When an oxygen tank exploded on board the Apollo 13 spacecraft in April 1970, it left the three-man crew stranded in the Command Module with rising levels of carbon dioxide and an apparently impossible journey home. Mission Control didn’t give up. While the famous line, “Failure is not an option”, from the Apollo 13 movie was never actually said, that was the attitude.
Mission planners worked out a way to use the moon’s gravity to sling-shot the spacecraft back to Earth. NASA engineers improvised a carbon dioxide filter using a hose taken from a space suit and a myriad of other odd bits and pieces available to the crew. A team of six engineers from the University of Toronto were called on to calculate the exact pressure required to separate the Lunar Module from the Command Module on re-entry. They used slide rules.
At 12.07pm on April 17, 1970, the Command Module of Apollo 13 splashed down in the South Pacific Ocean. All three crewmembers survived. A generative culture at work.
Fast forward to January 16, 2003, and the launch of the Space Shuttle Columbia from Kennedy Space Center. During launch, a large piece of thermal insulation from the external fuel tank broke off and damaged the left wing of the orbiter spacecraft.
While the two-week mission went ahead, some NASA engineers were concerned about how the damage would affect re-entry when the orbiter returned. They requested imaging of the orbiter to determine the level of damage. Repeated requests were ignored and in some cases quashed. Worried, a former NASA Flight Director worked outside official NASA channels to get the imaging. He too was ignored.
Instead, a damage prediction spreadsheet, created to calculate the impact severity of ice pellets the size of cigarette butts was relied upon. The piece of thermal insulation that struck the wing was the size of a suitcase.
The attitude of senior NASA managers was influenced by a belief that nothing could be done if severe damage was detected, and to keep the orbiter crew themselves in the dark about the situation.
At precisely 9.00am on February 1, 2003, the orbiter disintegrated in the sky over Dallas ,Texas, on re-entry. Hot atmospheric gases had penetrated the damage in the left wing and destroyed its internal structure, causing the spacecraft to break apart. All seven crewmembers died. A pathological culture at work.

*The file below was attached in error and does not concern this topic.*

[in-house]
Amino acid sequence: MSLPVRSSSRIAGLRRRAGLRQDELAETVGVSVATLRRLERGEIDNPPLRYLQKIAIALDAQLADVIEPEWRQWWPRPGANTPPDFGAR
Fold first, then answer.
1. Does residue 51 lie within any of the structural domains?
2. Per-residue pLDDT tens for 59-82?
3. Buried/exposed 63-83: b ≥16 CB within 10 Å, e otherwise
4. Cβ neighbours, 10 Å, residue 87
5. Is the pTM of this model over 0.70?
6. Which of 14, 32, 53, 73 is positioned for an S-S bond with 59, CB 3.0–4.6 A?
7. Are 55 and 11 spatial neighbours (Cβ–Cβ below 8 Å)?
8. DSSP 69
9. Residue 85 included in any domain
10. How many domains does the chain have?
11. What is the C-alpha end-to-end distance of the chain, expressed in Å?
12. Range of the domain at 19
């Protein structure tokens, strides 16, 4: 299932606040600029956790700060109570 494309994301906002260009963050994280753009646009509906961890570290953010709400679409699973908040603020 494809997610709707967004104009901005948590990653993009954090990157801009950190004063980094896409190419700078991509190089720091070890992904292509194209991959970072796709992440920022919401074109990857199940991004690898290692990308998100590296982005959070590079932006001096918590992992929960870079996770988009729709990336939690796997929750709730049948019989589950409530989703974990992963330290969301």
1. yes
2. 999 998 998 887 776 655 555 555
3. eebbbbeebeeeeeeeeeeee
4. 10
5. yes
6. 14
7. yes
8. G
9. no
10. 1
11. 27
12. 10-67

Can you introduce an organizational culture?
We don’t all work at NASA, or even do jobs which involve saving lives. Most of us, however, want to work for an organization where the culture encourages innovation and collaboration, and lets us do the right thing. So what can you do to introduce a culture that is more responsive to DevOps?
If you work for an organization with a pathological culture, DevOps just isn’t an option. Cooperation and collaboration are actively discouraged, so the glue needed to connect Dev and Ops is missing. If you really want to do DevOps, you’re out of options here and it might be worth moving on.
In bureaucratic organizations, introducing DevOps is possible, but there will be problems. Think soft DevOps here, with long lead times and planning meetings before a tentative first step is taken. Patience is key but conversely, once DevOps is introduced, it will become the new norm and take its place in the rulebook.
Generative organizations are where DevOps will be seen as a natural next step if it’s not in place already. Every facet of their makeup matches the advantages of DevOps and, perhaps unsurprisingly, Westrum mentions a mass of case study and anecdotal evidence which demonstrates how the cooperation and empowerment within generative organizations makes them more effective.
So if you’re ready for DevOps, take another look at Westrum’s model and decide where your organization sits within it. The next step will be down to you.
This article was originally published on Agile Connection.